The pitfalls of Somanath calling Aditya L1 a “protector”

In a WhatsApp group of which I’m a part, there’s a heated discussion going on around an article published by NDTV on June 10, entitled ‘Sun’s Fury May Fry Satellites, But India Has A Watchful Space Protector’. The article was published after the Indian Space Research Organisation (ISRO) published images of the Sun the Aditya L1 spacecraft (including its coronagraph) captured during the May solar storm. The article also features quotes by ISRO chairman S. Somanath — and some of them in particular prompted the discussion. For example, he says:

“Aditya L1 captured when the Sun got angry this May. If it gets furious in the near future, as scientists suggest, India’s 24x7X365 days’ eye on the Sun is going to provide a forewarning. After all, we have to protect the 50-plus Indian satellites in space that have cost the country an estimated more than ₹ 50,000 crore. Aditya L1 is a celestial protector for our space assets.”

A space scientist on the group pointed out that any solar event that could fry satellites in Earth orbit would also fry Aditya L1, which is stationed at the first Earth-Sun Lagrange point (1.5 million km from Earth in the direction of the Sun), so it doesn’t make sense to describe this spacecraft as a “protector” of India’s “space assets”. Instead, the scientist said, we’re better off describing Aditya L1 as a science mission, which is what it’d been billed as.

Another space scientist in the same group contended that the coronagraph onboard Aditya L1, plus its other instruments, still give the spacecraft a not insignificant early-warning ability, using which ISRO could consider protective measures. He also said not all solar storms are likely to fry all satellites around Earth, only the very powerful ones; likewise, not all satellites around Earth are equally engineered to withstand solar radiation that is more intense than usual, to varying extents. With these variables in mind, he added, Aditya L1 — which is protected to a greater degree — could give ISRO folks enough head start to manoeuvre ‘weaker’ satellites out of harm’s way or prevent catastrophic failures. By virtue of being ISRO’s eyes on the Sun, then, he suggested Aditya L1 was a scientific mission that could also perform some, but not all, of the functions expected of a full-blown early warning system.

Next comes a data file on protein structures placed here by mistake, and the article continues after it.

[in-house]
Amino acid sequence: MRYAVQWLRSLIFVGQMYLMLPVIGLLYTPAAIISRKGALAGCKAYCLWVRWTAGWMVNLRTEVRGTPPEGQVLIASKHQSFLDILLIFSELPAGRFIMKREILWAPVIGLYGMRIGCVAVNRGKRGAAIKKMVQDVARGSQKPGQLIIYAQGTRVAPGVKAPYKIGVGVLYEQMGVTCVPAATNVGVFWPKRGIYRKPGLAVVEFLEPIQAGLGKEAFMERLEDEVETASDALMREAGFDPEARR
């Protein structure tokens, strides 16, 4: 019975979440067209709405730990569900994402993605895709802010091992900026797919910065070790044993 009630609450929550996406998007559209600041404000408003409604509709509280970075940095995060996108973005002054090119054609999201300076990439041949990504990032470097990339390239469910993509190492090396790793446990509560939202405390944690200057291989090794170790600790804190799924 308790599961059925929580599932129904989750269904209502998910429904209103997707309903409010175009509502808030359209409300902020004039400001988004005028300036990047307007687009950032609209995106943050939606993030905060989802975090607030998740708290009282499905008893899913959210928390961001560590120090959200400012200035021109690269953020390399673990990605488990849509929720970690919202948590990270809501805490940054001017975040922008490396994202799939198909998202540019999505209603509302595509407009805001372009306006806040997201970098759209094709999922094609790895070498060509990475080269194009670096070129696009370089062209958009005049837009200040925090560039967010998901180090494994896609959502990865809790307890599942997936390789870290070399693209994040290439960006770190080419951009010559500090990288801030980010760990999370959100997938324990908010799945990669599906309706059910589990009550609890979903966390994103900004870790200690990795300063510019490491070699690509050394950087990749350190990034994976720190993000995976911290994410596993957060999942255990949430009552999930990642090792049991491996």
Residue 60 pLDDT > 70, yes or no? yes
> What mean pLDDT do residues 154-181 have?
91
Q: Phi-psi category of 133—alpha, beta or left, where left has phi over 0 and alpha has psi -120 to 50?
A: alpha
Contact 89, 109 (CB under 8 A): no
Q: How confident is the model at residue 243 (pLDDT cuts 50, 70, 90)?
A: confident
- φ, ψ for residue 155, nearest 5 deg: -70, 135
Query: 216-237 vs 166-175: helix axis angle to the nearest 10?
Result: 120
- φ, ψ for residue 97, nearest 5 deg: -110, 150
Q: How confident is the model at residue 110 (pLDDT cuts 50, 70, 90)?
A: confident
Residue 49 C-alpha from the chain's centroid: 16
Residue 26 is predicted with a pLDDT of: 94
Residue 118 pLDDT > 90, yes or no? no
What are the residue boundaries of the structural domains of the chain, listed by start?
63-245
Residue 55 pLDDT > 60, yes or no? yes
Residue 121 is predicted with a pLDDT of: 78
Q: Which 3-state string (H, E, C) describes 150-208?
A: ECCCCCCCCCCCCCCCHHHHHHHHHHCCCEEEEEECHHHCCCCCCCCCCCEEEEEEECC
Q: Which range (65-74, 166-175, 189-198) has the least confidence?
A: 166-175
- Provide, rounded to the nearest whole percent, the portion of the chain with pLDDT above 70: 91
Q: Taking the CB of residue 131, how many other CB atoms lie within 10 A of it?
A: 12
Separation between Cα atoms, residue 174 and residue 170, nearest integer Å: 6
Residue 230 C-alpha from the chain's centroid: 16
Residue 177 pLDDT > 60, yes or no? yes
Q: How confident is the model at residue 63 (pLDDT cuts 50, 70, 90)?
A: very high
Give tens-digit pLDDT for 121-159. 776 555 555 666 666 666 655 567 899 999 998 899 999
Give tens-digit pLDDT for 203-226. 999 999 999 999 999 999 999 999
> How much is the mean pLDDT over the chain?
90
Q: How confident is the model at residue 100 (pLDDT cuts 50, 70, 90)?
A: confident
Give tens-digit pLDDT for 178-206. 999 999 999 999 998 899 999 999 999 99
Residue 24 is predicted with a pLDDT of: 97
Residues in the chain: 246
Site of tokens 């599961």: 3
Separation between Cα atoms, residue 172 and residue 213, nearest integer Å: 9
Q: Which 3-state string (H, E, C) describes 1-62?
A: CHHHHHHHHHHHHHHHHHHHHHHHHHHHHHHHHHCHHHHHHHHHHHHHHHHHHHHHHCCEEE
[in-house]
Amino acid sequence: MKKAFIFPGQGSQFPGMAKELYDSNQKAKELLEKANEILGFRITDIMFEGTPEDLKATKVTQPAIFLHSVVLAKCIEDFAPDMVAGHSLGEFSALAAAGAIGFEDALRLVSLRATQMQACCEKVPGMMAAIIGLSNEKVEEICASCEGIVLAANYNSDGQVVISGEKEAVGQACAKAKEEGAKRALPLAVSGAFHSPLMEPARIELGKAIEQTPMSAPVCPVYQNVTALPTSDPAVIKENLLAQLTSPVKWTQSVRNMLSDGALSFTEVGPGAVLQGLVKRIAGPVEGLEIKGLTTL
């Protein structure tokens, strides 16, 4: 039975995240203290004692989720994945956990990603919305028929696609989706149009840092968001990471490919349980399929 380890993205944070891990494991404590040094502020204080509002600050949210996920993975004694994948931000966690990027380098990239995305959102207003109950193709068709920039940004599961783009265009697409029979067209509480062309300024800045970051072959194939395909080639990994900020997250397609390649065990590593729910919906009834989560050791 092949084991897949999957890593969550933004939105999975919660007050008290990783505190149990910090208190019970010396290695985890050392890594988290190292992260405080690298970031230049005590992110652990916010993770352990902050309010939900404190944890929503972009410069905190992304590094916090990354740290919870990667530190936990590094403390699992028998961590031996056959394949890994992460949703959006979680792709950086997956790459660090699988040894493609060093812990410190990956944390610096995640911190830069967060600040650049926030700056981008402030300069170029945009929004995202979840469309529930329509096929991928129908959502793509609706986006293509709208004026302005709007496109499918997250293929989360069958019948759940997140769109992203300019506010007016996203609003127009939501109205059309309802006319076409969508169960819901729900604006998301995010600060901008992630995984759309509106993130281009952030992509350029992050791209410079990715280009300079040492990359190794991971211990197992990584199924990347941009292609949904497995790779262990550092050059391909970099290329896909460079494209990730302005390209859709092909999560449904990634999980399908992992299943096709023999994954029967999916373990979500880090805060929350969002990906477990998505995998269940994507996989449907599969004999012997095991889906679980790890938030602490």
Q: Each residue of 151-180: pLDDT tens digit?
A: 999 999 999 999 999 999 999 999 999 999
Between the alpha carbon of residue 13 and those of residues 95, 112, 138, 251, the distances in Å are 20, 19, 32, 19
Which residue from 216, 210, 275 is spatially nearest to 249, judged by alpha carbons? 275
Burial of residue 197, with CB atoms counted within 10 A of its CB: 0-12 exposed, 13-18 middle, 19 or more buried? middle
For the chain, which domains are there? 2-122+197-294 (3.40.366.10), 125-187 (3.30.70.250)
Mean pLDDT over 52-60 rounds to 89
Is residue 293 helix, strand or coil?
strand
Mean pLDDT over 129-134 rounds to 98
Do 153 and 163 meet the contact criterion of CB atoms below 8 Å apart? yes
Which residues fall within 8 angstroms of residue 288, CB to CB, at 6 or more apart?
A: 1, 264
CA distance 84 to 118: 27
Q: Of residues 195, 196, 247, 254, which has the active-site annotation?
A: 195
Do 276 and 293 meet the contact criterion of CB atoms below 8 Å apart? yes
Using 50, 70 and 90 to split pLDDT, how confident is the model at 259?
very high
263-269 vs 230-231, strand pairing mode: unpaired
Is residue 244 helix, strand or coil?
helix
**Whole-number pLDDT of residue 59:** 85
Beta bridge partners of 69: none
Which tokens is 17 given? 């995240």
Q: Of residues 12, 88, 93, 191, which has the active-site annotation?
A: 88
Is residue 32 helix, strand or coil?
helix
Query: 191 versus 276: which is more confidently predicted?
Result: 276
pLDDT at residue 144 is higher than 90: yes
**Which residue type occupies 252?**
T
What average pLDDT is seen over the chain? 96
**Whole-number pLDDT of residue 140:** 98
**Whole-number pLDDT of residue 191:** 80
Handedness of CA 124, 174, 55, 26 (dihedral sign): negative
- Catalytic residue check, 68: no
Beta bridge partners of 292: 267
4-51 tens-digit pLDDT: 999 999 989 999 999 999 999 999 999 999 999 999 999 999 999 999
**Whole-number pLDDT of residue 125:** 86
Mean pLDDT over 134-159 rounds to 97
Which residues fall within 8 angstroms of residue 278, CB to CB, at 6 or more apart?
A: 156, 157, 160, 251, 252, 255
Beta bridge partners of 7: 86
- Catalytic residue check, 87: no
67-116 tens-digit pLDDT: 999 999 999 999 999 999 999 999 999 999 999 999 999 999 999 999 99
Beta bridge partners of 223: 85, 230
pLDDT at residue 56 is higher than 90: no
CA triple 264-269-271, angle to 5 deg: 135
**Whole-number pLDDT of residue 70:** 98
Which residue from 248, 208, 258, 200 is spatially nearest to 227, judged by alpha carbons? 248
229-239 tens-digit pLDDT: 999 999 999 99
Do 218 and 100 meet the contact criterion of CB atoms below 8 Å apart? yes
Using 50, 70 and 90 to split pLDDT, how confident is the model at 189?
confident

(For such a system vis-a-vis solar weather, he said the fourth or the fifth Earth-Sun Lagrange points would have been better stations.)

I’m putting this down here as a public service message. Characterising a scientific mission — which is driven by scientists’ questions, rather than ISRO’s perception of threats or as part of any overarching strategy of the Indian government — as something else is not harmless because it downplays the fact that we have open questions and that we need to spend time and money answering them. It also creates a false narrative about the mission’s purpose that the people who have spent years designing and building the instruments onboard Aditya L1 don’t deserve, and a false impression of how much room the Indian space programme currently has to launch and operate spacecraft that are dedicated to providing early warnings of bad solar weather.

To be fair, the NDTV article says in a few places that Aditya L1 is a scientific mission, as does astrophysicist Somak Raychaudhury in the last paragraph. It’s just not clear why Somanath characterised it as a “protector” and as a “space-based insurance policy”. NDTV also erred by putting “protector” in the headline (based on my experiences at The Wire and The Hindu, most readers of online articles read and share nothing more than the headline). That it was the ISRO chairman who said these things is more harmful: as the person heading India’s nodal space research body, he has a protagonist’s role in making room in the public imagination for the importance and wonders of scientific missions.